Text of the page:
Third: Drake is referencing OutKast but not saying either cole or court, but rather “cold.” I personally do not believe this theory, but lyric sites would make you think this. I honestly thought that this was a very clear case of “Cole” when I first heard the song and never thought of this “cold” take on things. That is until the October 2010 issue of XXL magazine featured “Right Above It” and “SpottieOttieDopaliscious” in its “Swagger Jacker” feature. XXL offered up Andre 3000’s line as the “Lender” while Drake’s was the “Borrower.” The magazine cited Drake’s verse as this: “Who else trying to **** with Hollywood Cole/I’m with Marley G Grover flying Hollygrove chicks to my Hollywood shows.” Interesting, I thought. Never thought of it being “cold” before. Eyes scan over to the Andre 3ooo citation: “Two ****** done start bustin’, and one ***** done took his shirt off, talkin’ ’bout, ‘Now who else wanna **** with Hollywood Cold?” WHAT!? Now this is a respectable, nationwide magazine complicating this whole situation. Never in my “research” did I ever come across any mention of the original lyric to “SpottieOttieDopaliscious” containing “cold.” I will go ahead and say XXL magazine is entirely wrong in its interpretation. Again, where are hip-hop’s copy editors?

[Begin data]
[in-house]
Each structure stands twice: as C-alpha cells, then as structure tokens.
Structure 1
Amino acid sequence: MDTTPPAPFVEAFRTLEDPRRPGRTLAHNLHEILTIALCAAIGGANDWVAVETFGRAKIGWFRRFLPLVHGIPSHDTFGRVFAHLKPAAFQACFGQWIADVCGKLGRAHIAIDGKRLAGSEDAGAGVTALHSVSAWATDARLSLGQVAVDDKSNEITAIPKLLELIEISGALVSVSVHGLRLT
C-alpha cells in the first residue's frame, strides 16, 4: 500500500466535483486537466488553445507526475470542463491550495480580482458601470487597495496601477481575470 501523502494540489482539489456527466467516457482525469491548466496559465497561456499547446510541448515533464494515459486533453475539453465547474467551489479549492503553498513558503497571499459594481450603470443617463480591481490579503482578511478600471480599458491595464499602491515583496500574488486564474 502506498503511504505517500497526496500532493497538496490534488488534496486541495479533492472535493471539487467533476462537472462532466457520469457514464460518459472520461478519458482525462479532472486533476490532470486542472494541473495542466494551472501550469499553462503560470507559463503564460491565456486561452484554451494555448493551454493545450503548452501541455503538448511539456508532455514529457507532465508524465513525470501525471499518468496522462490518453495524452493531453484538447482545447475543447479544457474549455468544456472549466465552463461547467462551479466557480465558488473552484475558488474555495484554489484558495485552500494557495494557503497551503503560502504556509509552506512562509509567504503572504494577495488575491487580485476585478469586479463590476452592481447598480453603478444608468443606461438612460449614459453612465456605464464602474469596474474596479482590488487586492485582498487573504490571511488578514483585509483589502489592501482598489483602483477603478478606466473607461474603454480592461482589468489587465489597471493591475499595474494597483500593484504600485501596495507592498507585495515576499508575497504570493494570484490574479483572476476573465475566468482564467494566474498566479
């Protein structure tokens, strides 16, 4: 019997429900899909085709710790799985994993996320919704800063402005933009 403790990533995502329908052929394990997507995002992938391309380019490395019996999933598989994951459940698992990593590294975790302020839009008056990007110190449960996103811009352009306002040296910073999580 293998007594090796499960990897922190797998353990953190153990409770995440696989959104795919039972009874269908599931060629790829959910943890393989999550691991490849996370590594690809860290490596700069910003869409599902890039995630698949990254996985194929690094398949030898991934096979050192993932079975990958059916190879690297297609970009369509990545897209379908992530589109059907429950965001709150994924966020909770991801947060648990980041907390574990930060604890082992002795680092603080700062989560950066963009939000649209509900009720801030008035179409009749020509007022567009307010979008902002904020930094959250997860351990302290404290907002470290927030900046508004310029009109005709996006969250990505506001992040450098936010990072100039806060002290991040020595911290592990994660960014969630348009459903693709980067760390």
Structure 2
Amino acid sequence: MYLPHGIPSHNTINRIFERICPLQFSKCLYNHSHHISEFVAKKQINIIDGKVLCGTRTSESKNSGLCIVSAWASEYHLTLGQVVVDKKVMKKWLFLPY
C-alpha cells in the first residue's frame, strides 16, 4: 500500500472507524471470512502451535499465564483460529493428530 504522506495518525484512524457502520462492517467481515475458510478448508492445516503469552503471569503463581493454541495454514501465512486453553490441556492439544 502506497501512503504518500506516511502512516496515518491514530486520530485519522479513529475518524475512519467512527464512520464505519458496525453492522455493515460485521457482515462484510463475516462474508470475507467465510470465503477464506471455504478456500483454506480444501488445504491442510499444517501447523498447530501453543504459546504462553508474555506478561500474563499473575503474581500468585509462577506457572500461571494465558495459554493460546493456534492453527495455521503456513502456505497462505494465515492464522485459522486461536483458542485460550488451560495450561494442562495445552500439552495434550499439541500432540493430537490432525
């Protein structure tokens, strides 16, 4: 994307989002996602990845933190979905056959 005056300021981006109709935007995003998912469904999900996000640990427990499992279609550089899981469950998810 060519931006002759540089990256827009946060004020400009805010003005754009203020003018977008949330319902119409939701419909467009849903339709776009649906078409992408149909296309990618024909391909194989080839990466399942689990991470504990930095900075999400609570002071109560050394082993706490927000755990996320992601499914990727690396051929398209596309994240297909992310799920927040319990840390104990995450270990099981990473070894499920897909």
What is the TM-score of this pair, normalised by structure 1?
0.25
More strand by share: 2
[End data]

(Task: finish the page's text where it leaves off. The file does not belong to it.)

I believe that the second Drake theory is the correct one. But I may very well be wrong. Perhaps Andre 3000 never meant to shout out city housing projects in the first place. Maybe Cole got his sample right. I really don’t know.
But I do know this. In terms of history’s misheard lyrics, this example will forever be at the top of my list. Move over Jimi Hendrix and Creedence Clearwater Revival, there’s a new lyric to argue over. Unless all three artists would like to come through with their sides of the stories.